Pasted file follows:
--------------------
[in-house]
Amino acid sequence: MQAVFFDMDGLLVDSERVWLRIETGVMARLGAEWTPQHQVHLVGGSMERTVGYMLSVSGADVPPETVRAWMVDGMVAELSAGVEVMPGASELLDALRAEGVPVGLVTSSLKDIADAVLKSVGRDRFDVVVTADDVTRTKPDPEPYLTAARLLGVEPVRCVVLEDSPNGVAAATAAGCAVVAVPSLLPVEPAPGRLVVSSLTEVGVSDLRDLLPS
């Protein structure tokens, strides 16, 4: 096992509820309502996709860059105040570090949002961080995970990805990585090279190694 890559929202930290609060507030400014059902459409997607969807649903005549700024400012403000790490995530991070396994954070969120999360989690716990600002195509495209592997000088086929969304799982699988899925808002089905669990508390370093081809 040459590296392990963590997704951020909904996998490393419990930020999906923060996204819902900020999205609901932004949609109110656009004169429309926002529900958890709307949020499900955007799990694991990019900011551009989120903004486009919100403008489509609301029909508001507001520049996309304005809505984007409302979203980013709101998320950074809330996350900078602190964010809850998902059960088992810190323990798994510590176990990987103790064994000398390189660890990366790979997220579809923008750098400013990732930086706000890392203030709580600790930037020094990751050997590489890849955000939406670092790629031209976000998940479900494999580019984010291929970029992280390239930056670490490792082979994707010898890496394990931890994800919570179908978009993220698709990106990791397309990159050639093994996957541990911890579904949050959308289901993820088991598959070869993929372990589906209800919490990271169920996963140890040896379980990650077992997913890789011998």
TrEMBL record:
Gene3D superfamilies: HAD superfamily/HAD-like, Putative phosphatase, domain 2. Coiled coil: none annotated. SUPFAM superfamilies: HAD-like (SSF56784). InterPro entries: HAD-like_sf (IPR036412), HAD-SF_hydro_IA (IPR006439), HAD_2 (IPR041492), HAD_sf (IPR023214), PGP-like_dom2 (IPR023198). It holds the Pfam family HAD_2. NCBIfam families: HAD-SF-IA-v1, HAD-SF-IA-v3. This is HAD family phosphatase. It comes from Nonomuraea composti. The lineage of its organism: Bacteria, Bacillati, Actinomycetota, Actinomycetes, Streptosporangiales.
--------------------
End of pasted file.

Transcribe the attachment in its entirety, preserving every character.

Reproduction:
[in-house]
Amino acid sequence: MQAVFFDMDGLLVDSERVWLRIETGVMARLGAEWTPQHQVHLVGGSMERTVGYMLSVSGADVPPETVRAWMVDGMVAELSAGVEVMPGASELLDALRAEGVPVGLVTSSLKDIADAVLKSVGRDRFDVVVTADDVTRTKPDPEPYLTAARLLGVEPVRCVVLEDSPNGVAAATAAGCAVVAVPSLLPVEPAPGRLVVSSLTEVGVSDLRDLLPS
């Protein structure tokens, strides 16, 4: 096992509820309502996709860059105040570090949002961080995970990805990585090279190694 890559929202930290609060507030400014059902459409997607969807649903005549700024400012403000790490995530991070396994954070969120999360989690716990600002195509495209592997000088086929969304799982699988899925808002089905669990508390370093081809 040459590296392990963590997704951020909904996998490393419990930020999906923060996204819902900020999205609901932004949609109110656009004169429309926002529900958890709307949020499900955007799990694991990019900011551009989120903004486009919100403008489509609301029909508001507001520049996309304005809505984007409302979203980013709101998320950074809330996350900078602190964010809850998902059960088992810190323990798994510590176990990987103790064994000398390189660890990366790979997220579809923008750098400013990732930086706000890392203030709580600790930037020094990751050997590489890849955000939406670092790629031209976000998940479900494999580019984010291929970029992280390239930056670490490792082979994707010898890496394990931890994800919570179908978009993220698709990106990791397309990159050639093994996957541990911890579904949050959308289901993820088991598959070869993929372990589906209800919490990271169920996963140890040896379980990650077992997913890789011998």
TrEMBL record:
Gene3D superfamilies: HAD superfamily/HAD-like, Putative phosphatase, domain 2. Coiled coil: none annotated. SUPFAM superfamilies: HAD-like (SSF56784). InterPro entries: HAD-like_sf (IPR036412), HAD-SF_hydro_IA (IPR006439), HAD_2 (IPR041492), HAD_sf (IPR023214), PGP-like_dom2 (IPR023198). It holds the Pfam family HAD_2. NCBIfam families: HAD-SF-IA-v1, HAD-SF-IA-v3. This is HAD family phosphatase. It comes from Nonomuraea composti. The lineage of its organism: Bacteria, Bacillati, Actinomycetota, Actinomycetes, Streptosporangiales.